Sally Beers. All photographs by Mark Babushkin.

At once waifish and sleek, Sally Beers’s clothes are ultramodern. They move, silently, neither hindering the body nor proclaiming, “fashion statement.” They are more about a lifestyle—with the unnecessary stripped away—and a little humor thrown in, as we never know when we might need it.

Elizabeth Cannon I’m struck by how many ideas there are in your work.

Sally Beers I experiment a lot, it’s true. I like to try a lot of things, and repetition is not one of my favorites.

EC I recall that you had something to do with Paraphernalia? Were you selling your clothes there?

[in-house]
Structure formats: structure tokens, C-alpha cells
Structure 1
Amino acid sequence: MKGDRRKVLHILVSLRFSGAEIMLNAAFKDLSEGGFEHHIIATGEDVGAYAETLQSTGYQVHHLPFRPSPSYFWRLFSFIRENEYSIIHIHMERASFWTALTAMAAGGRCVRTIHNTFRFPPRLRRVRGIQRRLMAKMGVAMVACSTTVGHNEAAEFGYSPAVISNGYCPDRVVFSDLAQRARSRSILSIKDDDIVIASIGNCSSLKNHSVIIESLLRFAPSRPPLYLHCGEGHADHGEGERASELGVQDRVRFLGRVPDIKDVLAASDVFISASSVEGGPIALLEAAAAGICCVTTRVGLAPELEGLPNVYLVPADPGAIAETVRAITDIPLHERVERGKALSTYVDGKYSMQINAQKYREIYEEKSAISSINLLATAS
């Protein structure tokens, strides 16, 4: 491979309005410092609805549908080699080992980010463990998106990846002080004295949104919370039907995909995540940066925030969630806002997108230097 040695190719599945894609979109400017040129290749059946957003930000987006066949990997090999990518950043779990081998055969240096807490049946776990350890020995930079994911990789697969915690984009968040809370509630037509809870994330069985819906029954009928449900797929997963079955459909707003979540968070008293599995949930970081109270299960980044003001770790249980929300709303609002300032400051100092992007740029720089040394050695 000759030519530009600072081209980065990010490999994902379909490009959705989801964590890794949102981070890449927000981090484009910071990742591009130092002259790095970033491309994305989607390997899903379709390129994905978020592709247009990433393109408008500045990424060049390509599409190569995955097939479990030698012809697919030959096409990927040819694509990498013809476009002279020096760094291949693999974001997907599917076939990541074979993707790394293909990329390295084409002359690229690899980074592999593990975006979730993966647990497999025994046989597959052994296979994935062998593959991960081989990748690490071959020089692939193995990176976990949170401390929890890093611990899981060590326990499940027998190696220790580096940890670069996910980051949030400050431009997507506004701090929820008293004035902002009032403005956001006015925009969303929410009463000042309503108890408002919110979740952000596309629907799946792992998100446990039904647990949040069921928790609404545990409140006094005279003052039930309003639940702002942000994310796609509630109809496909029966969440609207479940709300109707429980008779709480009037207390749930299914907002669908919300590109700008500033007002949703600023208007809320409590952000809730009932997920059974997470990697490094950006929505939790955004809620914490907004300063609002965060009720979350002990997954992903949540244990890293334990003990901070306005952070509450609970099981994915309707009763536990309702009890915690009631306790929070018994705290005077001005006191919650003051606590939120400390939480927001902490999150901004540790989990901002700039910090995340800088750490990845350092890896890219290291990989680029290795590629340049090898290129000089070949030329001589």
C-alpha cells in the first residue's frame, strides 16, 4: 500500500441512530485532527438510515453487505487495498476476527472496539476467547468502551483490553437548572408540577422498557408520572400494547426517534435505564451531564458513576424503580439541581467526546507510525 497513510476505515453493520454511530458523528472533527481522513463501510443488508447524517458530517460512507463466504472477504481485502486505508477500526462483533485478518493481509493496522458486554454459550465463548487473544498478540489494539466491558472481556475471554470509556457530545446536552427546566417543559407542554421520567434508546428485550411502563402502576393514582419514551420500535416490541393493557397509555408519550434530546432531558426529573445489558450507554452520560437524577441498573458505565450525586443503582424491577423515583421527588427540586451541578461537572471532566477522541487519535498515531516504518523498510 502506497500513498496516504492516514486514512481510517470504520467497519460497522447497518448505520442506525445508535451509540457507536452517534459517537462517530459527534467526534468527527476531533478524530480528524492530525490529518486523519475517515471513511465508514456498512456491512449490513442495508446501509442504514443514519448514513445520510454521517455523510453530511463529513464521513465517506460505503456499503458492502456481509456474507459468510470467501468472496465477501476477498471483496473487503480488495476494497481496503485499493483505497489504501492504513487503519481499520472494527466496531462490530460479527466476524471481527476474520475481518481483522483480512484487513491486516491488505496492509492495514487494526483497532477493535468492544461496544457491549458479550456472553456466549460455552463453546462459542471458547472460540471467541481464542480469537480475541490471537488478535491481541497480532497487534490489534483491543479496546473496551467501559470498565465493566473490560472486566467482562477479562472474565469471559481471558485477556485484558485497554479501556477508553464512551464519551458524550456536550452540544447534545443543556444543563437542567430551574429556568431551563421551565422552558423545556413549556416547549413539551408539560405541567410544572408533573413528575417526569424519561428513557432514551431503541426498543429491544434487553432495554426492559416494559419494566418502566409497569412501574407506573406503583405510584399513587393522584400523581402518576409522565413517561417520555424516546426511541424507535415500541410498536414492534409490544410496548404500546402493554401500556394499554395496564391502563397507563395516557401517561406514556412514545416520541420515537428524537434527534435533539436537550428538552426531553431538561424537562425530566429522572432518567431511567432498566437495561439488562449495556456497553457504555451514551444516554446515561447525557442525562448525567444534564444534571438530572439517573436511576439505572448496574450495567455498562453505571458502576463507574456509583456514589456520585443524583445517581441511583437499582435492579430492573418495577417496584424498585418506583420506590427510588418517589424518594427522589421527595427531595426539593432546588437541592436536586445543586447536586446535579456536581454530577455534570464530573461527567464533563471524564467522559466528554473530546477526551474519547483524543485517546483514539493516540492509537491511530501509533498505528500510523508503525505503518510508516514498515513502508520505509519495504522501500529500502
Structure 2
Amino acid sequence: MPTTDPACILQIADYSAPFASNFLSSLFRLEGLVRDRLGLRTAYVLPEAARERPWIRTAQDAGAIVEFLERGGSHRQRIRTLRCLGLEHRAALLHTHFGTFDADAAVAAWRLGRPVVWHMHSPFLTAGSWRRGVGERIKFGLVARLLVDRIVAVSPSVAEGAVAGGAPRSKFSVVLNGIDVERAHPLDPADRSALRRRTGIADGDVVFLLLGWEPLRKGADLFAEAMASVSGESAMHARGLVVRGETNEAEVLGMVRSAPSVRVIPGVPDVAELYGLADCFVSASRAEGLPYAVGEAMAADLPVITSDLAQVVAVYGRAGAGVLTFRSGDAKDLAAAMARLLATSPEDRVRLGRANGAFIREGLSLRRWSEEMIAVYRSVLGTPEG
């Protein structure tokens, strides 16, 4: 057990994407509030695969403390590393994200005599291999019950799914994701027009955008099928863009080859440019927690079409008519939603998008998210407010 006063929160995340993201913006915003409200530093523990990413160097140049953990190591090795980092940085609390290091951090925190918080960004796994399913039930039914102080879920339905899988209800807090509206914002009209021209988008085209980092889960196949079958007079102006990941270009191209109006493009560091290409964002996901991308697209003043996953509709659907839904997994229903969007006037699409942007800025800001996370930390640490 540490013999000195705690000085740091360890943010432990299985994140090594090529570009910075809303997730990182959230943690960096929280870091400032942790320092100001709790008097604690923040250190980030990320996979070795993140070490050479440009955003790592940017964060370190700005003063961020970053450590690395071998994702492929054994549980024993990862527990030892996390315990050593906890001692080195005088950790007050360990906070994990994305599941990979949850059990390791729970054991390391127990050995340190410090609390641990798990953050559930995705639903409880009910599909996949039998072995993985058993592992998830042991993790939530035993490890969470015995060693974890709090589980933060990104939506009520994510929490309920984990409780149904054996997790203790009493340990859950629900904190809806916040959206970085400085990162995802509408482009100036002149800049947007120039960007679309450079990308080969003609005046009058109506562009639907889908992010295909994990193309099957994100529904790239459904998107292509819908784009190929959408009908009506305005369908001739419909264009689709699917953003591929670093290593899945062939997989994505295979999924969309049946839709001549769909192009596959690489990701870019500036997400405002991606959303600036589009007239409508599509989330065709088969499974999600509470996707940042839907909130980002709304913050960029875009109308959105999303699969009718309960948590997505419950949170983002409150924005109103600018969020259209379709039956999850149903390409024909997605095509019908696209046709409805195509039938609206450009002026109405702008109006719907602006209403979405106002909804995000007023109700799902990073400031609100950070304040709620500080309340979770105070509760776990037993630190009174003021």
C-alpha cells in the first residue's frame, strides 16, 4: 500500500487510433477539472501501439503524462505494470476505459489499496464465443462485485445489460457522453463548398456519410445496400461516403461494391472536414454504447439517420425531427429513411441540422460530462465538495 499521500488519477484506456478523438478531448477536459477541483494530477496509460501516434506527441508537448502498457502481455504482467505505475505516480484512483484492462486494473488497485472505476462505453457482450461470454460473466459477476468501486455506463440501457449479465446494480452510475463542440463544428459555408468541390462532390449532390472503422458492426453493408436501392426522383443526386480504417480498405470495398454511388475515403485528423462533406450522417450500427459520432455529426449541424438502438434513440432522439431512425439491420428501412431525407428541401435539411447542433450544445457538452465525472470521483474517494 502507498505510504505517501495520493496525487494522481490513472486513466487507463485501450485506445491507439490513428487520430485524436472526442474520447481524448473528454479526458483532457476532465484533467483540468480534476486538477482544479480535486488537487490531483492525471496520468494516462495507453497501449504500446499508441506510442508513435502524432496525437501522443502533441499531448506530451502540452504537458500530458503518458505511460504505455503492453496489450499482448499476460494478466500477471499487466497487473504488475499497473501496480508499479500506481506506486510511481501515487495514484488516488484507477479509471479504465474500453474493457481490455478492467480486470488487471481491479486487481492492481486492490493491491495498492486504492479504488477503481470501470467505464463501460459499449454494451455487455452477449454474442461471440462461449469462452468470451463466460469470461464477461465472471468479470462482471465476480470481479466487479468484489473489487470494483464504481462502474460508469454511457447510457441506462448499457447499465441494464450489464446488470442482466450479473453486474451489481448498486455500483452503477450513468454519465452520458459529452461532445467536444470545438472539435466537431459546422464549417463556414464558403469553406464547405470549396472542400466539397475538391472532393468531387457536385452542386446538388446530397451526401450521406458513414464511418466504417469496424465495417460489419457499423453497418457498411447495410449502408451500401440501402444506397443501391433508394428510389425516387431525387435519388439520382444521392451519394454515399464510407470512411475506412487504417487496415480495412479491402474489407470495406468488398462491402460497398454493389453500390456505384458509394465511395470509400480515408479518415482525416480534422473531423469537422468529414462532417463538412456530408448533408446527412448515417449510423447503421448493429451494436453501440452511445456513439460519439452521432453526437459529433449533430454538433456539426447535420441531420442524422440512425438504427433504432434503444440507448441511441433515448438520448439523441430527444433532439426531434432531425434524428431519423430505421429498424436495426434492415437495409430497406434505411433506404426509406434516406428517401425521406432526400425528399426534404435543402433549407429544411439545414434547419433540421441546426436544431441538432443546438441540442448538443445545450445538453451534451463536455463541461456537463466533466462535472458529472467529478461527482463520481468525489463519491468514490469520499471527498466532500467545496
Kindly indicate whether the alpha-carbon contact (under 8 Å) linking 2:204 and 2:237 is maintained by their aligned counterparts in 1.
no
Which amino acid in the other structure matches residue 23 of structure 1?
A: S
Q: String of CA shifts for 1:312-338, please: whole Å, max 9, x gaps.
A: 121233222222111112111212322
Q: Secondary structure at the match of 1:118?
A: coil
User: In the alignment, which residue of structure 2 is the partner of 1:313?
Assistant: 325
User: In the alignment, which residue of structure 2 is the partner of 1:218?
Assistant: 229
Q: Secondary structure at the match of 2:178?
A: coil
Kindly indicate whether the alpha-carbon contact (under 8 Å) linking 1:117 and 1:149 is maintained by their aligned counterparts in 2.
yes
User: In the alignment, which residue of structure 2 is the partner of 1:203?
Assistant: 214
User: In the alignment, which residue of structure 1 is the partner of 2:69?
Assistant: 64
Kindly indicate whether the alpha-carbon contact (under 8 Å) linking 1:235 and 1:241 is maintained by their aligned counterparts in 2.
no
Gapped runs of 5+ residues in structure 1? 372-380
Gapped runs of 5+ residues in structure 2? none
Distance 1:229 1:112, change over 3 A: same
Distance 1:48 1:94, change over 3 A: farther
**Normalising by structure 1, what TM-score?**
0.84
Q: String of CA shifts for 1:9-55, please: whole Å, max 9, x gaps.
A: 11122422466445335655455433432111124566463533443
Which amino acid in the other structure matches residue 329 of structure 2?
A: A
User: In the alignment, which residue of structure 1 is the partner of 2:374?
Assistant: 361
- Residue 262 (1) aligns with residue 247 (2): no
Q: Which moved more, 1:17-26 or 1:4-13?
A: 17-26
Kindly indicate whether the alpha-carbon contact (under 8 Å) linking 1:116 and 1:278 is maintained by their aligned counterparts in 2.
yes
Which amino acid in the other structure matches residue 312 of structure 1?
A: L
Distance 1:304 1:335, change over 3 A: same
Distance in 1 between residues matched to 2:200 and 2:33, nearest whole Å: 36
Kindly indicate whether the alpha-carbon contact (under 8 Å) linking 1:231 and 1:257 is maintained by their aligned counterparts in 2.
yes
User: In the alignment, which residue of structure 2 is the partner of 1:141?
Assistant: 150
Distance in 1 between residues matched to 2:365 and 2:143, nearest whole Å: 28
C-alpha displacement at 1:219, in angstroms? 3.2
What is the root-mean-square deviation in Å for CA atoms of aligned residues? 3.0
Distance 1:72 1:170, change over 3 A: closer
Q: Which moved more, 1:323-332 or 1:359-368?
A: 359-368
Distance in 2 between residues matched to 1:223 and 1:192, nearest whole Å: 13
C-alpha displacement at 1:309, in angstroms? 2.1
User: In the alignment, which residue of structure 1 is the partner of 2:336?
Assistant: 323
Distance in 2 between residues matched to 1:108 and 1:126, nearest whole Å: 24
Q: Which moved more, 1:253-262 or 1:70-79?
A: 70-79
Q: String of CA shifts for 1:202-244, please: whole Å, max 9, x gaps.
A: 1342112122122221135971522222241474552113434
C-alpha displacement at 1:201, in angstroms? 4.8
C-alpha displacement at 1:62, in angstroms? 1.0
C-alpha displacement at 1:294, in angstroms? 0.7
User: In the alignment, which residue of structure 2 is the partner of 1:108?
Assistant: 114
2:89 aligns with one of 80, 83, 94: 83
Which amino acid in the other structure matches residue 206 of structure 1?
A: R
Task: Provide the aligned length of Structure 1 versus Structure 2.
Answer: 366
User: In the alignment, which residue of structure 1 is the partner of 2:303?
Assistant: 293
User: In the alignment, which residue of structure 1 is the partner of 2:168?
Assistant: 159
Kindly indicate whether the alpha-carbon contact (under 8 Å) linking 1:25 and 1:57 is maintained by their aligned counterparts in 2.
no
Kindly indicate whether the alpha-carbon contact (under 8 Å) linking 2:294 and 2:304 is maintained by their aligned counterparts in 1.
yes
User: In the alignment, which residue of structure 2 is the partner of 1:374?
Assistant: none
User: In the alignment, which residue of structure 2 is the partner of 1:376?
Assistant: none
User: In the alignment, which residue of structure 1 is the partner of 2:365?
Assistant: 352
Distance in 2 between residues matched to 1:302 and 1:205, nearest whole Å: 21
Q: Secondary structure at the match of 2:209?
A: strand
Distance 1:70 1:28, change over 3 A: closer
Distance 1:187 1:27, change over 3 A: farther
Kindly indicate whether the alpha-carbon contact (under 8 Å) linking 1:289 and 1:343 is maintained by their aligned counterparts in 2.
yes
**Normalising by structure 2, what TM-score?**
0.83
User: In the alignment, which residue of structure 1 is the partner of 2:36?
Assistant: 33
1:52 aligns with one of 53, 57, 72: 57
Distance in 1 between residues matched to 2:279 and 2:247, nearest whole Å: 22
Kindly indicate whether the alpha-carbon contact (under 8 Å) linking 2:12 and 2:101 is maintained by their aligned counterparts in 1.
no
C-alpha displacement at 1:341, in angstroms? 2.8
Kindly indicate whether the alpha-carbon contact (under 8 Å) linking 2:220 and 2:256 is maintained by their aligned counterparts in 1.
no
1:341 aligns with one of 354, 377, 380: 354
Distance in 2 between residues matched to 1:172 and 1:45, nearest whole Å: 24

SB No, I did sell some clothes at Abracadabra, when I was just out of design school.

EC That was in the ’60s?

SB Early ‘70s. I didn’t really know what I was doing, but it was a time when everybody was really excited and could be extreme if they dared to do so. I started this little company with a partner, and we made felt dresses out of orange and purple, and (laughter) all these bizarre color combinations.

The ideas were fun and our attitudes were great, but since we hadn’t really had the experience yet, they were probably thrown together. I mean, I know they were; I remember what they looked like. We tried to be a little careful, but . . . (laughter)

EC And yet you still sold them.

SB Yeah.

EC But that was in the spirit of that time, that impromptu attitude.

SB Yes, I’m glad I grew up during that time, because it gave me freedom and made me accept myself as a fiercely independent person. We could all use a bit more of that now.

EC You see so many designers doing versions of the same thing.